Bailouts, Time Inconsistency, and Optimal Regulation: A Macroeconomic View
AbstractA common view is that bailouts of firms by governments are needed to cure inefficiencies in private markets. We propose an alternative view: even when private markets are efficient, costly bankruptcies will occur and benevolent governments without commitment will bail out firms to avoid bankruptcy costs. Bailouts then introduce inefficiencies where none had existed. Although granting the government orderly resolution powers which allow it to rewrite private contracts improves on bailout outcomes, regulating leverage and taxing size is needed to achieve the relevant constrained efficient outcome, the sustainably efficient outcome. This outcome respects governments' incentives to intervene when they lack commitment.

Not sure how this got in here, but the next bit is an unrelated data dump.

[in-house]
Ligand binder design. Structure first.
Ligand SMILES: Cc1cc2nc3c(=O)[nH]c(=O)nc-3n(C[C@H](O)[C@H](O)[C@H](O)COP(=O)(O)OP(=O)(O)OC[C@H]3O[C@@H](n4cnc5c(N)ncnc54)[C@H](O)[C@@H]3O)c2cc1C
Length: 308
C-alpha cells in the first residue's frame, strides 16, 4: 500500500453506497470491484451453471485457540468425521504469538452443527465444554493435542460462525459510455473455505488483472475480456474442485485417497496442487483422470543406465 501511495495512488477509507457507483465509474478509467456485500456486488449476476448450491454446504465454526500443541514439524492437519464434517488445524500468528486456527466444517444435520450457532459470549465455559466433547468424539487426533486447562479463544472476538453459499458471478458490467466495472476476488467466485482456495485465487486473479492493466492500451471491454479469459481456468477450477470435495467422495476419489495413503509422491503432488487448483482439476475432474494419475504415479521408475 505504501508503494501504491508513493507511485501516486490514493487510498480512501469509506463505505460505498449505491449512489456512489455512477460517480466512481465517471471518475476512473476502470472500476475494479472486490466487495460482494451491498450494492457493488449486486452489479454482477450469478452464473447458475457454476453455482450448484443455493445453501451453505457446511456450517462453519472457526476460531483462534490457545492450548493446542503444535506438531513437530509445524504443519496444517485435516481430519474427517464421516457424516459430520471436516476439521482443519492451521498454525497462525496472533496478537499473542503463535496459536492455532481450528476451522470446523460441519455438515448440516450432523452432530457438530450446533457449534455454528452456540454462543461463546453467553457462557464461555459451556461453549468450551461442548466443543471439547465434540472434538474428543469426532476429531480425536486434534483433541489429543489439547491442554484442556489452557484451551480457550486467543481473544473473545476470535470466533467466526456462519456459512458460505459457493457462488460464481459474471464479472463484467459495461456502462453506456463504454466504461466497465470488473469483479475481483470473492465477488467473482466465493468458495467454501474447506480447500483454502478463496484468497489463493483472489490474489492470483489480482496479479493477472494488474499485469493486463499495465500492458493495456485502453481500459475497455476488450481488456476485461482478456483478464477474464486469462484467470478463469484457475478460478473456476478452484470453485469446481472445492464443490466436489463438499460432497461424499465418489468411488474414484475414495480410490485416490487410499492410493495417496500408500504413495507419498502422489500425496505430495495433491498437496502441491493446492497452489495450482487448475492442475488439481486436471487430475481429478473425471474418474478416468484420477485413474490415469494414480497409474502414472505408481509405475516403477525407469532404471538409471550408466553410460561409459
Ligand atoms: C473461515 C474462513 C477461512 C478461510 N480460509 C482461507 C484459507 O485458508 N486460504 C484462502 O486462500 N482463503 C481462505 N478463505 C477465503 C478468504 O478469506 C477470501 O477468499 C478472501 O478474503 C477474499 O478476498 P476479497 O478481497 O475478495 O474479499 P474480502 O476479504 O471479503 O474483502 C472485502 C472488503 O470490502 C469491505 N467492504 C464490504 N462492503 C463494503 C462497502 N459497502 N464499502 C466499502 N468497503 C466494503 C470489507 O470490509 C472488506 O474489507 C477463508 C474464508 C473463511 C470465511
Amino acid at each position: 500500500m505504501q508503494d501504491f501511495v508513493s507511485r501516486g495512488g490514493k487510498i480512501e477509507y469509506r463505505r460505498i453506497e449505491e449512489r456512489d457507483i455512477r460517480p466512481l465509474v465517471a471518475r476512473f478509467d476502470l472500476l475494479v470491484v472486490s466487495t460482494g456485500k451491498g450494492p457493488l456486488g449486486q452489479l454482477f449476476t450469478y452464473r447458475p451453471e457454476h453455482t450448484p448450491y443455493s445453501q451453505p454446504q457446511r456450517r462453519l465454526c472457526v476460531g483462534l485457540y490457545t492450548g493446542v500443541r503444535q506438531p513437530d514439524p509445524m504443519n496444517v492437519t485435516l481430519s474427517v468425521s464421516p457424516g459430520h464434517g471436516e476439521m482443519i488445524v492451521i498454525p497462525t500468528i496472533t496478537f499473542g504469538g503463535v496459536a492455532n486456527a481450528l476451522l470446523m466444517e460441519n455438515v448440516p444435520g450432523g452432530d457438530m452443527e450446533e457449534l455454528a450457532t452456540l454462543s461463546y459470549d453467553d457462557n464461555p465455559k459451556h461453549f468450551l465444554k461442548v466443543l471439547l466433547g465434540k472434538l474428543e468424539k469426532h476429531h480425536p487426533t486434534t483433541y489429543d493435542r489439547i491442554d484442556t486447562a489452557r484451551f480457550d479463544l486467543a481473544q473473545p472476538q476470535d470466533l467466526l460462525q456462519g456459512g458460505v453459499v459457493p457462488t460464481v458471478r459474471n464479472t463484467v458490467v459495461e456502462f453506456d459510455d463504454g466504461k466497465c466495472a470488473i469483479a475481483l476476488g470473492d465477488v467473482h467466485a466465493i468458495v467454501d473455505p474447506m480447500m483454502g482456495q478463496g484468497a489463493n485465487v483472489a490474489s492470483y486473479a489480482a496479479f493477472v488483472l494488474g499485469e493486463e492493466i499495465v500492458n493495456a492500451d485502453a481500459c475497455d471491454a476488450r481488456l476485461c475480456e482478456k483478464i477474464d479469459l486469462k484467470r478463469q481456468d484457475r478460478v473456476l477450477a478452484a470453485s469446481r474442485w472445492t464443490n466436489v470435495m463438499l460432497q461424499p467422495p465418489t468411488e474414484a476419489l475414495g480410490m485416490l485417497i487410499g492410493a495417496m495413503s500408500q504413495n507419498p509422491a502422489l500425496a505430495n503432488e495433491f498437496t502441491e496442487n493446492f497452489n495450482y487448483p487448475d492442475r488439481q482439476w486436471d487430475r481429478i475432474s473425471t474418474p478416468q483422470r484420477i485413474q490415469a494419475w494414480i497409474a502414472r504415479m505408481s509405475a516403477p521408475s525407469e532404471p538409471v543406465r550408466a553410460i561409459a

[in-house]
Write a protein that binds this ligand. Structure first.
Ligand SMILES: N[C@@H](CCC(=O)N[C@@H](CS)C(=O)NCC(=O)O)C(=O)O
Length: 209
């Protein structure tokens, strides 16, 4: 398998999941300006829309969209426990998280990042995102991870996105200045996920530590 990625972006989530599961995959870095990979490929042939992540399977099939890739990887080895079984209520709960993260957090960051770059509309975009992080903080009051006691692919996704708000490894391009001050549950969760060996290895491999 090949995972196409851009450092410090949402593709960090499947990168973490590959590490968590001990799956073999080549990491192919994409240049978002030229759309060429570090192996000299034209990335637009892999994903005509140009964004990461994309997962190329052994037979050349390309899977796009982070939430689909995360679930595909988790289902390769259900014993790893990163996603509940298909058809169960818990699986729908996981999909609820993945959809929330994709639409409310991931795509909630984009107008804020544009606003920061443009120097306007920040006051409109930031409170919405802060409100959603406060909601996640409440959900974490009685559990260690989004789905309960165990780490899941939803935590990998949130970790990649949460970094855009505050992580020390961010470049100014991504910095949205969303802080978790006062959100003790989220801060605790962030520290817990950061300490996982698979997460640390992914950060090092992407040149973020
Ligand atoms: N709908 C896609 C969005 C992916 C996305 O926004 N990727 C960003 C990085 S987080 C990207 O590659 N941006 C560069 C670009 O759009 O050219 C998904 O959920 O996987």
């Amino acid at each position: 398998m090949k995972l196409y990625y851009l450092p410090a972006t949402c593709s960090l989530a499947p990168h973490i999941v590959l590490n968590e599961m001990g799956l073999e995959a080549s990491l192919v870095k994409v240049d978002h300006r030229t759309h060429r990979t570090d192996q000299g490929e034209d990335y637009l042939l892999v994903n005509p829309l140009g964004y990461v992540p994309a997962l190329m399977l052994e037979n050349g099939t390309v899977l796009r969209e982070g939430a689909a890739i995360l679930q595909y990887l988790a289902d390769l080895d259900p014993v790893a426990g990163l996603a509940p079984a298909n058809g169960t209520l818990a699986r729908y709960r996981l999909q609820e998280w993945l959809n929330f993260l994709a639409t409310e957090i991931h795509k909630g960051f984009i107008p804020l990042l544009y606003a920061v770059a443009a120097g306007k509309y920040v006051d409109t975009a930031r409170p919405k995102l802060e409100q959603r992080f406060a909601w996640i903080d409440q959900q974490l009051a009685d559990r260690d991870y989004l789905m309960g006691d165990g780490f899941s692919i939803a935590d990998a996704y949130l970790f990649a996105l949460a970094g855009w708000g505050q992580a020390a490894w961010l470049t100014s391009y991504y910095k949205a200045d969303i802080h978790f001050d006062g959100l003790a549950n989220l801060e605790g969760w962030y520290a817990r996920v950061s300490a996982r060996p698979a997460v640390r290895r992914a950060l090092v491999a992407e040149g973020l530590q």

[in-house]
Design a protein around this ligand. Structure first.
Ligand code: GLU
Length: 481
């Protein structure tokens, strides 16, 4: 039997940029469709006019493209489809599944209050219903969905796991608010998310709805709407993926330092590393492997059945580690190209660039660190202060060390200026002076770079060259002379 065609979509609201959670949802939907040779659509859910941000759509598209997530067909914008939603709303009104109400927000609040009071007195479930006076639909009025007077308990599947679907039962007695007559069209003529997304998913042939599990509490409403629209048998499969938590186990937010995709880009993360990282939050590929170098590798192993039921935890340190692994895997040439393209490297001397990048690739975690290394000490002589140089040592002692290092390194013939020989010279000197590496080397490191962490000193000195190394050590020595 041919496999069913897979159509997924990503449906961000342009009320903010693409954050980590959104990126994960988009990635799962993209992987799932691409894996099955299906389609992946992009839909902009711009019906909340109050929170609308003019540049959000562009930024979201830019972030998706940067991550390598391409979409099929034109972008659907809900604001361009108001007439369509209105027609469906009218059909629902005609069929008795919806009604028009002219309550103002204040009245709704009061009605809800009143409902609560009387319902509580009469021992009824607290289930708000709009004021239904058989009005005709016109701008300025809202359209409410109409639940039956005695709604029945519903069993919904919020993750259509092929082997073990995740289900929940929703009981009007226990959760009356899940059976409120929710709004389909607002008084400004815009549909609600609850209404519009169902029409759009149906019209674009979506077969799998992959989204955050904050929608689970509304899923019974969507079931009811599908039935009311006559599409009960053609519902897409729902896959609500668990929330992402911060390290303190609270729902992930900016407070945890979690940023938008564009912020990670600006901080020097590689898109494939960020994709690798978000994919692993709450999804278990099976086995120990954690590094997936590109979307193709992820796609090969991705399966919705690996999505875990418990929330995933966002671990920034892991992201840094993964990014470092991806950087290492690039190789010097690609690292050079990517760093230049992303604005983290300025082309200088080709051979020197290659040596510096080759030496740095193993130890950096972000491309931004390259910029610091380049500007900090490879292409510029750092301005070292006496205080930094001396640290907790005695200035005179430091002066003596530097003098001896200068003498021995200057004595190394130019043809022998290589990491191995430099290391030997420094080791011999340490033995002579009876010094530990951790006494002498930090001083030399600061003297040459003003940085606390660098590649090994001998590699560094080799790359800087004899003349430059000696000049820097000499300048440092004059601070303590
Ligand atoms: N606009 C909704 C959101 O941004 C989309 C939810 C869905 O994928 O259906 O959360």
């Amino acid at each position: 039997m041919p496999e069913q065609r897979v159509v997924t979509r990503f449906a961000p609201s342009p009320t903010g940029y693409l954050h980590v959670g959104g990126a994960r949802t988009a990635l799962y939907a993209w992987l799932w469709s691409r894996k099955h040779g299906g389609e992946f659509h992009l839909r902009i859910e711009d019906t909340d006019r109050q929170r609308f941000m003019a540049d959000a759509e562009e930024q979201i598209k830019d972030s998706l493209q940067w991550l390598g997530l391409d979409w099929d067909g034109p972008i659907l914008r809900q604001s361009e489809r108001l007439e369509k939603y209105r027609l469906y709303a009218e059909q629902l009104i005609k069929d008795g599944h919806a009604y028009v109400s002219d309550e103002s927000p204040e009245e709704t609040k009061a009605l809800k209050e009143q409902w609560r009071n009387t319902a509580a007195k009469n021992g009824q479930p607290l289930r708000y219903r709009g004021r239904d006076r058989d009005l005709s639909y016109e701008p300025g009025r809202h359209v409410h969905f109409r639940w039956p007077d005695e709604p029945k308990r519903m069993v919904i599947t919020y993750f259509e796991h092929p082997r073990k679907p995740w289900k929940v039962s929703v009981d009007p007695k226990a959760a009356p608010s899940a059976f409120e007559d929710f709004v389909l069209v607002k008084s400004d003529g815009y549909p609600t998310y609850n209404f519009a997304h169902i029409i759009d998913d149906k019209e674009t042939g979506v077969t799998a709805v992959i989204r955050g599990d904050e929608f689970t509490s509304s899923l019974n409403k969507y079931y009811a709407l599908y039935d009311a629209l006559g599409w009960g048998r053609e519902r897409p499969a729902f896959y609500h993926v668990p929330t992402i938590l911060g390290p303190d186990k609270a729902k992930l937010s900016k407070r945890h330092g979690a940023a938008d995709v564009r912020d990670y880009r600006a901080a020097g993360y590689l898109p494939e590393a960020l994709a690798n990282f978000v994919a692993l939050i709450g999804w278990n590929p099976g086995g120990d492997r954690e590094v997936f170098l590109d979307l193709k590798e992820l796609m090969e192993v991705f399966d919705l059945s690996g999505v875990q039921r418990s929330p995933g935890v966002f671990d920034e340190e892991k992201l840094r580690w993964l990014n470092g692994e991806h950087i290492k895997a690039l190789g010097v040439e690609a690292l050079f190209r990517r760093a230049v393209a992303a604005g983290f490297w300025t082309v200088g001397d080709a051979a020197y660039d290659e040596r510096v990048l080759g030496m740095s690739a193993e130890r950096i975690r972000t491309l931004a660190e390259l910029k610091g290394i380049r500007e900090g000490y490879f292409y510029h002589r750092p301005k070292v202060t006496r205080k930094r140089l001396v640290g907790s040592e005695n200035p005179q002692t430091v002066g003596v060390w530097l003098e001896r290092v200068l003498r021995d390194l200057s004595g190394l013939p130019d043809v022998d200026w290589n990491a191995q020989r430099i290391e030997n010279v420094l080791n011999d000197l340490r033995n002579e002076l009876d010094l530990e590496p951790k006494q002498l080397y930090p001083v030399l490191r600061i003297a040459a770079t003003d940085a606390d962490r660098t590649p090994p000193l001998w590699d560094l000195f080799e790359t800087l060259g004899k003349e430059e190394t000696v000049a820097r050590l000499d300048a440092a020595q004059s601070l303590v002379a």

CitationChari, V. V., and Patrick J. Kehoe. 2016. "Bailouts, Time Inconsistency, and Optimal Regulation: A Macroeconomic View." American Economic Review, 106 (9): 2458-93. DOI: 10.1257/aer.20150157
- D86 Economics of Contract: Theory
- E32 Business Fluctuations; Cycles
- G33 Bankruptcy; Liquidation
- H81 Governmental Loans; Loan Guarantees; Credits; Grants; Bailouts
- L51 Economics of Regulation